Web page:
As the end of the Coronavirus Job Retention Scheme draws closer, around one in ten workers are urgently looking for a new job.
A new study released by Indeed, a job site, shows that just over one in 10 workers (11 per cent) who are either furloughed or not currently working are seeking a new role urgently.
Although this is still a sizeable amount, the research suggests that the number of job-seekers is not as high as initially predicted.
This comes after recent ONS figures displayed a significant recovery in the labour market, with the current number of job vacancies surpassing those in the pre-pandemic period.
However, this data also showed a growing problem where the demand for labour is currently exceeding the supply of candidates.
The lack of urgency among job-seekers to find a new role could be exacerbating this problem, Indeed’s research has warned.
Overall, over two-fifths (41 per cent) of those still on furlough and over half of people (56 per cent) who are not currently in work are not searching for a new job.
When asked why this was the case, almost three-quarters (71 per cent) stated they were not urgently job-hunting as they expected to return to their pre-pandemic job after the furlough scheme ends in September.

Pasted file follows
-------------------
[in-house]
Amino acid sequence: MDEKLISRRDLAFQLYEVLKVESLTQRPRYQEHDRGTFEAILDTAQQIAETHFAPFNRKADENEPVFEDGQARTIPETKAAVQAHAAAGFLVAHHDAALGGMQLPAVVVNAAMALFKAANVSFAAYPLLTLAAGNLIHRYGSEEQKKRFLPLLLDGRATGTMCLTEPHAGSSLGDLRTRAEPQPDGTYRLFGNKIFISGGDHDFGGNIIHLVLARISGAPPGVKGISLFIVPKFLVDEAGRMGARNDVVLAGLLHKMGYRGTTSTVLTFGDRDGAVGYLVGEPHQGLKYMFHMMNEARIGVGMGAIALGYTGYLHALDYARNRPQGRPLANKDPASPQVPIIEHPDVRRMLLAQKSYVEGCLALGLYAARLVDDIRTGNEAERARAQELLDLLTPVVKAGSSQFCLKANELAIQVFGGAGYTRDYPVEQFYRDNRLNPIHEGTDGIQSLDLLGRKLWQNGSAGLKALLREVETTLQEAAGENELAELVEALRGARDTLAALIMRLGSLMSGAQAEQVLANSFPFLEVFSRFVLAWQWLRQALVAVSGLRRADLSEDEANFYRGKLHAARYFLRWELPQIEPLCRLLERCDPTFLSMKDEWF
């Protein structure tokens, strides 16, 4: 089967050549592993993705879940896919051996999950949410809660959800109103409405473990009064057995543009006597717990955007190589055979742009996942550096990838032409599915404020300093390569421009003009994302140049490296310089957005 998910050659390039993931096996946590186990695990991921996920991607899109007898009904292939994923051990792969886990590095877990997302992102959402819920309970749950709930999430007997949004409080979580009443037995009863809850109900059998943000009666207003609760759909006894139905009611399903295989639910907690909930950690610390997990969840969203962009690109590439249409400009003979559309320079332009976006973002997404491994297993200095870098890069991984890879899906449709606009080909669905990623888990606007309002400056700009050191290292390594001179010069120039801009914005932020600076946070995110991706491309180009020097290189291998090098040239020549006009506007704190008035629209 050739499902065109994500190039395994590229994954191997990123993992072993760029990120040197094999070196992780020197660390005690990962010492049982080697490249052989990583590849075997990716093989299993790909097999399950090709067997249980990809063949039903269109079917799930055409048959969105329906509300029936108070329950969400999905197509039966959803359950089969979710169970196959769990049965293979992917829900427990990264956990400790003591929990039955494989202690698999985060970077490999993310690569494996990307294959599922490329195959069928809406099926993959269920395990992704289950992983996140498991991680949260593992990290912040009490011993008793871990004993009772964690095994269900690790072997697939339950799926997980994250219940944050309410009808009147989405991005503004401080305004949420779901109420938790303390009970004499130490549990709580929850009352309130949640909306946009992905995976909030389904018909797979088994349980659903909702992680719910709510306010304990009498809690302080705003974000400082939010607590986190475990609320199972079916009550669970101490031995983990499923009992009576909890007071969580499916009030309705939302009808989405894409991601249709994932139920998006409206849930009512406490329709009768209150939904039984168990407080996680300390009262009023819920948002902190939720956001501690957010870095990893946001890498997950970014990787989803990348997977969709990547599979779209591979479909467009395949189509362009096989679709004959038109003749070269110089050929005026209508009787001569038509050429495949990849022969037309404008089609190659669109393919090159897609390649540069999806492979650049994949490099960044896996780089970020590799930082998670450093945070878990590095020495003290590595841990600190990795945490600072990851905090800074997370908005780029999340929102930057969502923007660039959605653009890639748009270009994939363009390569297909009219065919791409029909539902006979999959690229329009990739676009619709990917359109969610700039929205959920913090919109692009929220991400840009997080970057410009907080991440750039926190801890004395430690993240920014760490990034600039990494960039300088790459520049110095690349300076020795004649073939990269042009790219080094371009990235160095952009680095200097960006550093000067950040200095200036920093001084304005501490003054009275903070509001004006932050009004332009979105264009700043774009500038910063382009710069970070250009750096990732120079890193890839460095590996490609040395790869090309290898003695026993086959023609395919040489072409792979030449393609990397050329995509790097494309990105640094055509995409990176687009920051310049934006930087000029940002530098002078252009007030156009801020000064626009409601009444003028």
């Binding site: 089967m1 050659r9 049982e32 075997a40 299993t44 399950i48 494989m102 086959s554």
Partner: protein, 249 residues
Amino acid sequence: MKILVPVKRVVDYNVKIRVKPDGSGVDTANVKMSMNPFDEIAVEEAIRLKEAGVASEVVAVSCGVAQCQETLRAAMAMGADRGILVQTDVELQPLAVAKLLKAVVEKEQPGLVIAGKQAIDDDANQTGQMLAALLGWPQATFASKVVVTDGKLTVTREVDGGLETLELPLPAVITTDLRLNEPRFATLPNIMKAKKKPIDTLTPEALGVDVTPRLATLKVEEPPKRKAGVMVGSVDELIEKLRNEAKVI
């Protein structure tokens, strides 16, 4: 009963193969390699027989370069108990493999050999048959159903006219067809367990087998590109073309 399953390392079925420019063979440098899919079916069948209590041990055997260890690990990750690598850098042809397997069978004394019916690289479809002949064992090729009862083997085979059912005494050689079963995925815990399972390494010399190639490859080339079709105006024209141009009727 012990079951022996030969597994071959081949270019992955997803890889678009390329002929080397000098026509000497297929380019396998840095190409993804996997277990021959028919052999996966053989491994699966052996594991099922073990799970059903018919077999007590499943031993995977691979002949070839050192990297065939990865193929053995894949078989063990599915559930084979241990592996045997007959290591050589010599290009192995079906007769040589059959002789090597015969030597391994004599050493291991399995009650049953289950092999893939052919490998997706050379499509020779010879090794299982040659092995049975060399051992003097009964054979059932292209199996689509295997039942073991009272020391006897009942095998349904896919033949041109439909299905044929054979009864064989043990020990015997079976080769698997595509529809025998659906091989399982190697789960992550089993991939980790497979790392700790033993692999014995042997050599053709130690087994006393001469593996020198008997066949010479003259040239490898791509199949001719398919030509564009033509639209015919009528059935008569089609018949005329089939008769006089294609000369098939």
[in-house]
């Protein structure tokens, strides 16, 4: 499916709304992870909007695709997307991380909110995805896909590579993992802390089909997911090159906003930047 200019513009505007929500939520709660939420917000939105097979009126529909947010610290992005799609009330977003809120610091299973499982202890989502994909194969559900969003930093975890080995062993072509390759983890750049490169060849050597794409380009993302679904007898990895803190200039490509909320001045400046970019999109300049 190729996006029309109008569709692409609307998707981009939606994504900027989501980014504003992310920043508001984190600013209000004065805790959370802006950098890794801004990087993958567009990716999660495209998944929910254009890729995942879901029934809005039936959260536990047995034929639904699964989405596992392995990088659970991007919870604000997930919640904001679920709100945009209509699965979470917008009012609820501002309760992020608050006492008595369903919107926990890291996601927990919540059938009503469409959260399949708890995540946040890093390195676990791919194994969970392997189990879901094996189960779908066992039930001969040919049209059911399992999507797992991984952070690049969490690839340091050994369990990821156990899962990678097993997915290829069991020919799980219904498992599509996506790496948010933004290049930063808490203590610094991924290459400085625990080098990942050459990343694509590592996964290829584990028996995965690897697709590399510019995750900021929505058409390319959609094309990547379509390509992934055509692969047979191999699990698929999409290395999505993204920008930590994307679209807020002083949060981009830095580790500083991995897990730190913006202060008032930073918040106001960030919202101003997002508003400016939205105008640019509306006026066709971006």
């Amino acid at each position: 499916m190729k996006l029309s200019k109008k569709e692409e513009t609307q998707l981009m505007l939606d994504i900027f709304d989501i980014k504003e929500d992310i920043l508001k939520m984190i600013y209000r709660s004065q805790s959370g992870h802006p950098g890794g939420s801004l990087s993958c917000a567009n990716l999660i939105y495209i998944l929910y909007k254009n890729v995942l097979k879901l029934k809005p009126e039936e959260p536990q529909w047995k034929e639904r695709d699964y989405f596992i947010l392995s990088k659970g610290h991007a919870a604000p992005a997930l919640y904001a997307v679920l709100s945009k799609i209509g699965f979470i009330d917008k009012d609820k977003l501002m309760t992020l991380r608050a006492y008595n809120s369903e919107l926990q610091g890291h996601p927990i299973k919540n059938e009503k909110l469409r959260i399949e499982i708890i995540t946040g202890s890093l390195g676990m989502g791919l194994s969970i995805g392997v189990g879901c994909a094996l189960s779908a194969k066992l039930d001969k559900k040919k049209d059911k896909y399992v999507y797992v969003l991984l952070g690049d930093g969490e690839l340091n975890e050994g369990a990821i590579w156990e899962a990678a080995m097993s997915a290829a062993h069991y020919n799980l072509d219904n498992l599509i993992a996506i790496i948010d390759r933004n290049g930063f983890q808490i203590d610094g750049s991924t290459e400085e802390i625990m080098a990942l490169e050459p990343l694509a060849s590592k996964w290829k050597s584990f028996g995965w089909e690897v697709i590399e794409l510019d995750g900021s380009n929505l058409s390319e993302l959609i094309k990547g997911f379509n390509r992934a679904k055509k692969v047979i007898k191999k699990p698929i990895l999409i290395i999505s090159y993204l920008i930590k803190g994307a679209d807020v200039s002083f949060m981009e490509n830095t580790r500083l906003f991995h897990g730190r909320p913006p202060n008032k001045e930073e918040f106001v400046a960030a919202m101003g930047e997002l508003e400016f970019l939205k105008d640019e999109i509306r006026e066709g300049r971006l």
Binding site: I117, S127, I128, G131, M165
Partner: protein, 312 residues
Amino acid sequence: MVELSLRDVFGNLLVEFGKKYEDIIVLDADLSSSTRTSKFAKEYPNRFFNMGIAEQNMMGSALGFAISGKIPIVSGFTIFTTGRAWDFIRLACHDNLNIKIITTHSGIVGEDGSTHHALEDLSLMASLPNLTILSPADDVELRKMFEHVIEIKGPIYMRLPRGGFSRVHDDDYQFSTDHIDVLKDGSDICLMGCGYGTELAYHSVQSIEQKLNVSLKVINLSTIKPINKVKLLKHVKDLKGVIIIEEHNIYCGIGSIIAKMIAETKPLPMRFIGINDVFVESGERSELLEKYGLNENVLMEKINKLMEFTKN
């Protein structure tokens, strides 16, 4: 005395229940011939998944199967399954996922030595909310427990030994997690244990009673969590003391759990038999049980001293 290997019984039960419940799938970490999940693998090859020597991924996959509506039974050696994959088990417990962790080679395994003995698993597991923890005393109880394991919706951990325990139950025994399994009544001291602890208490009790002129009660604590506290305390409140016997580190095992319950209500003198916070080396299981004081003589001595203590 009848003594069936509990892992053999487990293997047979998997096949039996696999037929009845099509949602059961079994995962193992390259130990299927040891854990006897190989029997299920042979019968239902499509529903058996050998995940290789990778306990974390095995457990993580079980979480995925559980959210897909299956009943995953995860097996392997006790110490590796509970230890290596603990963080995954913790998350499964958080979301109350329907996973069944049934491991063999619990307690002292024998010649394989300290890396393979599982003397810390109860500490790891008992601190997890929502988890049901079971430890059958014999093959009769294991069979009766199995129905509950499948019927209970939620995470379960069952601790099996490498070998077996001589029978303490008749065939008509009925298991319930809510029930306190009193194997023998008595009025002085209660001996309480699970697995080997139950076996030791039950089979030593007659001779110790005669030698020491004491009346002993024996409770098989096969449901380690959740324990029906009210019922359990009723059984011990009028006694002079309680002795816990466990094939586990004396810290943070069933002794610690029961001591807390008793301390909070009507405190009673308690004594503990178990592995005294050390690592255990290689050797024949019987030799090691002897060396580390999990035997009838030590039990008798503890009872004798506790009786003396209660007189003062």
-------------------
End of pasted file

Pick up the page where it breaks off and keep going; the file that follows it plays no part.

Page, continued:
A further one in 10 (12 per cent) people on furlough indicated they were not yet comfortable to return to in-person work due to COVID-19 whilst six per cent stated they had caring responsibilities.
However, the study also showed that, due to financial security, many people who are job-hunting are being pickier about the roles they are applying for.
Almost a fifth of people (17 per cent) stated they could still manage without a job due their spouse or partner being employed.
Jack Kennedy, UK economist at the global job site, Indeed, stated:
Many employers are desperate for staff, but a significant portion of the workforce appear surprisingly relaxed about finding work, preferring to wait for more job opportunities to emerge.
Even with the end of the furlough scheme looming, most are feeling optimistic about returning to their workplace and so are in no rush to find a new job. But with almost two million people still on the furlough job retention scheme, some may soon learn they will not be going back and will therefore need to start actively searching.
The financial cushions enjoyed by some unemployed workers will also eventually erode, and will create a greater sense of urgency among those currently out of work but still happy to sit on the sidelines.
For now, amid a backdrop of robust labour demand and a strong sellers’ market, most people seem to feel they can be choosy about their next job move.
*Indeed surveyed 5,000 adults aged 18-64 from July 12-20, 2020 to gather these results.